Friday, May 23, 2008

Reasons CDN's Are In Trouble

The other day I posted about my view that p2p in Flash 10 will put a serious hurt on the CDN (content distribution networks) business. But that is by far not the only problem I see for CDN land.

As background, CDNs are services that provide high speed servers for hosting videos or other files that you expect to be accessed a lot, and that you want to be delivered very quickly.

The problem with CDNs is that they are inherently a commodity businesses. Yes, there will be niches for which they can and will continue to succeed. But for much of what CDNs offer, Amazon, and eventually Microsoft and Google (AMG) will do it cheaper.

Today, Amazon offers a service called S3 for Simple Storage Service, that is essentially a CDN, but without the high performance guarantees. S3, when its not down, has pretty good performance. People are *flocking* to it. I am totally confident that Amazon, with all its resources, will increase up time and get at or near CDN speed over time. They have invested heavily in all their developer platform services and I don't really see a way for anyone other that Microsoft and Google to compete with them doing what most will perceive as being a higher priced version of the exact same offering.

The reason AMG will have a cost advantage is obvious, but just to be clear, all three members have massive buying power that will be hard to compete with. And perhaps the most disturbing issue that must be facing the CDN world is that AMG does not need to make much, or perhaps any money at this business because they are all looking for developer relationships that will yield value in other ways.

Of course, if the CDNs really can offer unique services that AMG can't compete with, they will be less threatened. But I don't see how. The switching cost between CDNs is low, and there is no network effect or other good lock-in mechanism. So even though today there are performance benefits to CDN services from companies such as Akamai, Limelight, and Panther over lets say Amazon S3, I do not see those lasting. And I would even suspect Amazon and the other AMG members will ultimately offer different more focused products that aim more directly at the heart of the CDN market.

Finally, others are predicting a shakeout, because the entire CDN business had only $450 million in revenue last year while $281 million of venture capital poured into the market. In otherwords we are in a massive CDN bubble right now.

So I while I do see niche CDNs surviving for very specialized purposes, perhaps like live event Flash video streaming, I can't see CDNs really being able to make significant money at more basic stuff like hosting JPEG picture files or progressive download video (like YouTube) -- which are today the heart of the market.

As I see it, CDNs will have to be much more creative and really will need to move up the software stack to survive. This means offering tools that do more than just act like a big fast hard drive. They will need software tools that integrate with the storage that developers need. They will need to lock developers in by providing software tools that are unique and that get baked into the developer's application in ways that make switching hard, but also provide great value. This strategy is key because in most cases, the cost of development and time to market are far more important than the cost of storage and bandwidth.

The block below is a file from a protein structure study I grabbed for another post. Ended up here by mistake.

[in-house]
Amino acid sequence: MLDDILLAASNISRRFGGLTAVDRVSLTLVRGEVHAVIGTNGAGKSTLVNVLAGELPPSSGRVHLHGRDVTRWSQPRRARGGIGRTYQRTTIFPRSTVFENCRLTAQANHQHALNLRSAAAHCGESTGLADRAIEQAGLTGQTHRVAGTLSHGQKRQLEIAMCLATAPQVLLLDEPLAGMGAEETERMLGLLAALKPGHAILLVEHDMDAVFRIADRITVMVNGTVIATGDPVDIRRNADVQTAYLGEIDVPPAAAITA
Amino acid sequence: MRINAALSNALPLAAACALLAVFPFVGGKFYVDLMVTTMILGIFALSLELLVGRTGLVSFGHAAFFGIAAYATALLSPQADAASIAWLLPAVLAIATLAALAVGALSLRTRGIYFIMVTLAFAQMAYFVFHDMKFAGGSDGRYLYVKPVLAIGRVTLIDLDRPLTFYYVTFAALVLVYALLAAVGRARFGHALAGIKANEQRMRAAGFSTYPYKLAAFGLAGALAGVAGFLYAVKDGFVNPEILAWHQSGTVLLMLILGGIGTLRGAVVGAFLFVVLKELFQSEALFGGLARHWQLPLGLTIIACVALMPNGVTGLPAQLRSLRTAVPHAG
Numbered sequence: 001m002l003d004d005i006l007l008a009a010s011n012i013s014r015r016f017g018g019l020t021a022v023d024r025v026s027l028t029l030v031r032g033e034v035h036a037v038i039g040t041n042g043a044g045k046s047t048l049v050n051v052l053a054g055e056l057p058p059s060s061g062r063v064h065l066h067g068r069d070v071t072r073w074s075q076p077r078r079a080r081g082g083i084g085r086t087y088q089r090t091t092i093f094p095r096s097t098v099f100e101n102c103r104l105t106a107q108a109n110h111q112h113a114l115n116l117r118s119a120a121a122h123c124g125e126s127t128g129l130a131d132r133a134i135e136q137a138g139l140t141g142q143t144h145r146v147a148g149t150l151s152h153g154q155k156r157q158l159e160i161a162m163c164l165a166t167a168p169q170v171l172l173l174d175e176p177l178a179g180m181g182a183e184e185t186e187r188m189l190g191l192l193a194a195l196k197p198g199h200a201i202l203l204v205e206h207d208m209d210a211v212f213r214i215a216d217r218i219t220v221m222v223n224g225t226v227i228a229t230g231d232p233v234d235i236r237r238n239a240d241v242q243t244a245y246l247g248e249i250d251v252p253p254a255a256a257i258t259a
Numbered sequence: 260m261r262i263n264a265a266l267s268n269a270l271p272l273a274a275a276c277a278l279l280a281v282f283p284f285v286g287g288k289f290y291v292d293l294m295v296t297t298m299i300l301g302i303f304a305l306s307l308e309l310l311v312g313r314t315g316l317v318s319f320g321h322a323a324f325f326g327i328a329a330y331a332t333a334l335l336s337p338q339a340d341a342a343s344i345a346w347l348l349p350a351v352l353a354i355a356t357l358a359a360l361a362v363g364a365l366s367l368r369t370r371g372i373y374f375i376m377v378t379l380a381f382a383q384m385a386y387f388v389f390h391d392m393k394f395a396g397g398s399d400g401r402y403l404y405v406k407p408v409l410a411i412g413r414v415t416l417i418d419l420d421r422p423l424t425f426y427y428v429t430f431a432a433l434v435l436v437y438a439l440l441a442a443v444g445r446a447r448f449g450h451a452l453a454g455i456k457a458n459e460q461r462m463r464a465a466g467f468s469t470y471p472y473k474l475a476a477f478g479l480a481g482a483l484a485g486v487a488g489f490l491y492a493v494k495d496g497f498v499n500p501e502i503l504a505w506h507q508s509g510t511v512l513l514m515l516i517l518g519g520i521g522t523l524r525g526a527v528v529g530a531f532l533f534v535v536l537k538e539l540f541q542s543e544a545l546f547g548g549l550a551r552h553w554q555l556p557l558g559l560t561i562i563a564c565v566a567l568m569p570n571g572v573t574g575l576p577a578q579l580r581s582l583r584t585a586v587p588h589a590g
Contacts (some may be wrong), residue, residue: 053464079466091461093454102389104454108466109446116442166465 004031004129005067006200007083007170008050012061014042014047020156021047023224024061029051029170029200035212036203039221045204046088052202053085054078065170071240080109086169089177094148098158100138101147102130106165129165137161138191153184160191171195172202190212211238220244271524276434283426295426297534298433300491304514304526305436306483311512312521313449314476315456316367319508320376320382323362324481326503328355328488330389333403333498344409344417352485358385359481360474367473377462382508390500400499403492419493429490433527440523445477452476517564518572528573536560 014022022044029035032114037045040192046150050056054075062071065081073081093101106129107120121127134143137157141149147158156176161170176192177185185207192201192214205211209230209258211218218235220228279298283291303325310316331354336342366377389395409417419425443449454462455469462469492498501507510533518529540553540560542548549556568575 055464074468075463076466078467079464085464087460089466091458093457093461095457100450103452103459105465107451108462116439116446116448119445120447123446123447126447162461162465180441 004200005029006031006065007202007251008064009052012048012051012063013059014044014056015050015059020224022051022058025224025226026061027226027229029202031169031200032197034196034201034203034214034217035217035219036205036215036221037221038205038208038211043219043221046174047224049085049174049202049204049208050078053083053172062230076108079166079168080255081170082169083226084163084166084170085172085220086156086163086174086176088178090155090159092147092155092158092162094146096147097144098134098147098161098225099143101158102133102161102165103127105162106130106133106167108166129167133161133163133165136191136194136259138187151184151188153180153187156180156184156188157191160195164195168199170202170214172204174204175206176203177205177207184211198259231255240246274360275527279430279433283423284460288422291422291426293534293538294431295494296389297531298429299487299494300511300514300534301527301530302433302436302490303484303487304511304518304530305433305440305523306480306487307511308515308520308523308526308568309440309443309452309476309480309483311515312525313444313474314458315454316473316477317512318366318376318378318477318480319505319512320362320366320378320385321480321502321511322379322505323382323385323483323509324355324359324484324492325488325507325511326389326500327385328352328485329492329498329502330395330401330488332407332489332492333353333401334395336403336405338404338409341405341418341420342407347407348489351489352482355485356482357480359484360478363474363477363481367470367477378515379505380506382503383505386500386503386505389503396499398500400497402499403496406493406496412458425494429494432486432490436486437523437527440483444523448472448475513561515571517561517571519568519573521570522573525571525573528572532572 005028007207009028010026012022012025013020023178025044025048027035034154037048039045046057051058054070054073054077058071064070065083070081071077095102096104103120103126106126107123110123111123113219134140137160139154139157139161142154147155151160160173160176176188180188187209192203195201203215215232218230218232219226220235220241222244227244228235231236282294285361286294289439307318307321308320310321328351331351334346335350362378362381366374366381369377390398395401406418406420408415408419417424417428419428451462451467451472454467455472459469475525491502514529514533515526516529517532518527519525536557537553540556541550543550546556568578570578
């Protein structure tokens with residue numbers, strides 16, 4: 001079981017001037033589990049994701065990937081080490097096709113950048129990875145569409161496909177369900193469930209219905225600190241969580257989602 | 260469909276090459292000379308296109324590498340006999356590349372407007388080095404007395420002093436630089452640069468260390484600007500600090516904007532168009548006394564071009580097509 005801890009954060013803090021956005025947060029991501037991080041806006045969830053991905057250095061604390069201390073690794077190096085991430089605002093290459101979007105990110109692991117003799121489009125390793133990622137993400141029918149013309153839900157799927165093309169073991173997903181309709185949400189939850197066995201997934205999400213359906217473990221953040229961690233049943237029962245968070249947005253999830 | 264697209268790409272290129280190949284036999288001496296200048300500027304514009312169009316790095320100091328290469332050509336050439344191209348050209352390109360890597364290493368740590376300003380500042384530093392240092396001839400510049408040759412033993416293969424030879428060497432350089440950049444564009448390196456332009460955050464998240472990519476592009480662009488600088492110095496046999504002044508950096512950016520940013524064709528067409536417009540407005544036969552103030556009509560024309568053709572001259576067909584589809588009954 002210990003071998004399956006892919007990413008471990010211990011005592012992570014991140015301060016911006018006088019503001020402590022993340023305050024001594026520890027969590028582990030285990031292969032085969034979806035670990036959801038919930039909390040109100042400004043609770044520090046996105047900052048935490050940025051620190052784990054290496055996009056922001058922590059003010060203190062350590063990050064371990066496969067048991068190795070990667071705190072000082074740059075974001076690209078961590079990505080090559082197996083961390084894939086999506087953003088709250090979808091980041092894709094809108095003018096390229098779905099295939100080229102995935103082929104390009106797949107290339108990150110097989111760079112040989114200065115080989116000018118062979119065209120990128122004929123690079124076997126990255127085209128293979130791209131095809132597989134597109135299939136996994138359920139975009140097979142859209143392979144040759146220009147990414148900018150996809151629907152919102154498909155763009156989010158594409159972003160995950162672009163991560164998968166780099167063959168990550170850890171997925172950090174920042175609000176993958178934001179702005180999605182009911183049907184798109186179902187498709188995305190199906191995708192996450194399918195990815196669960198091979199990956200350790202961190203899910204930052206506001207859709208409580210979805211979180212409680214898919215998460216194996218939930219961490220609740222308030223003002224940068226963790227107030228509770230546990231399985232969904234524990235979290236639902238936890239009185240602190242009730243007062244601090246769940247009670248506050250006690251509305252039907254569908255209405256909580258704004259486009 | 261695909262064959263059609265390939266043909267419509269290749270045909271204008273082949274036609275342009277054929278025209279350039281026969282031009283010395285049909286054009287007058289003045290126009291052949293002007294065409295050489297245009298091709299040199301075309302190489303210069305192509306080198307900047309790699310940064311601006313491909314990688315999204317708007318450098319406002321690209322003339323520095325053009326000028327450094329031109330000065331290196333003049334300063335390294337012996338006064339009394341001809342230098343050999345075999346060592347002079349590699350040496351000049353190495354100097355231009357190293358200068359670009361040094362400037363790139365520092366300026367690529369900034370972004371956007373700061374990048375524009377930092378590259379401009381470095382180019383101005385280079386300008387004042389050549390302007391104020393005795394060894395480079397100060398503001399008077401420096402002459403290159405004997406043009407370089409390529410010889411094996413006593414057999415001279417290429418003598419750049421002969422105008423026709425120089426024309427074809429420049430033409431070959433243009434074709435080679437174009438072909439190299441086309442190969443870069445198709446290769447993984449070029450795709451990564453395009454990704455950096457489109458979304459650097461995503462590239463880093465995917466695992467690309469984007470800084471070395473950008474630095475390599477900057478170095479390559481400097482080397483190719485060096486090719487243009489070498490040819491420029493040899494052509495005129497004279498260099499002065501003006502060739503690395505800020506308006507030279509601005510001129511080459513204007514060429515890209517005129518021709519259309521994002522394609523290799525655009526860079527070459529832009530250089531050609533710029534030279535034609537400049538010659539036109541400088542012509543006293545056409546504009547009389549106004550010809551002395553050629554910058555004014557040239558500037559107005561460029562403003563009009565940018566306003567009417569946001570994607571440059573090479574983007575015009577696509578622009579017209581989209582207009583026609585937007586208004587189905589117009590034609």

This is my prescription, but I don't really believe the CDN guys have it in their DNA. We will see. But one thing is for sure. Whatever they are going to do they better hurry because AMG is coming and time is indeed of the essence.


  1. Taking your theory out 5 years...all youtube videos will be streamed p2p resulting in ISP's wanting to change their pricing models for consumers up bandwidth, of course only benefiting the ISP's in the end and resulting in a shift back to non p2p flash.

    Just a thought

  2. marc: I definitely agree that it's possible that this will ultimately affect the demands and economics of consumer-grade internet access. But I don't think it will necessarily have the impact you're predicting. IMHO, the responsibility to deliver a quality user experience will remain shouldered by the media outlets who will be making decisions like whether or not to rely on P2P delivery, or to what extent to rely on it. Internet connections provided by many popular (and crappy) ISPs routinely gag on aggressive upstream demands from its users. If users experience this at YouTube or wherever, they will ultimately react to this with egoist pragmatism and force media outlets to rethink their media delivery strategies when they start visiting other sites that deliver higher quality media more quickly.

    Hank: You ought to consider displaying a little more shame when you proclaim business imperatives such as a need to "lock in" your customers and "make switching hard." Consumers are getting wiser about computers -- slowly, but it is happening -- and greatest on the uptake is an understanding of how perilous and anticompetitive these underhanded tactics are. That kind of attitude will draw more than a little well-deserved hate.


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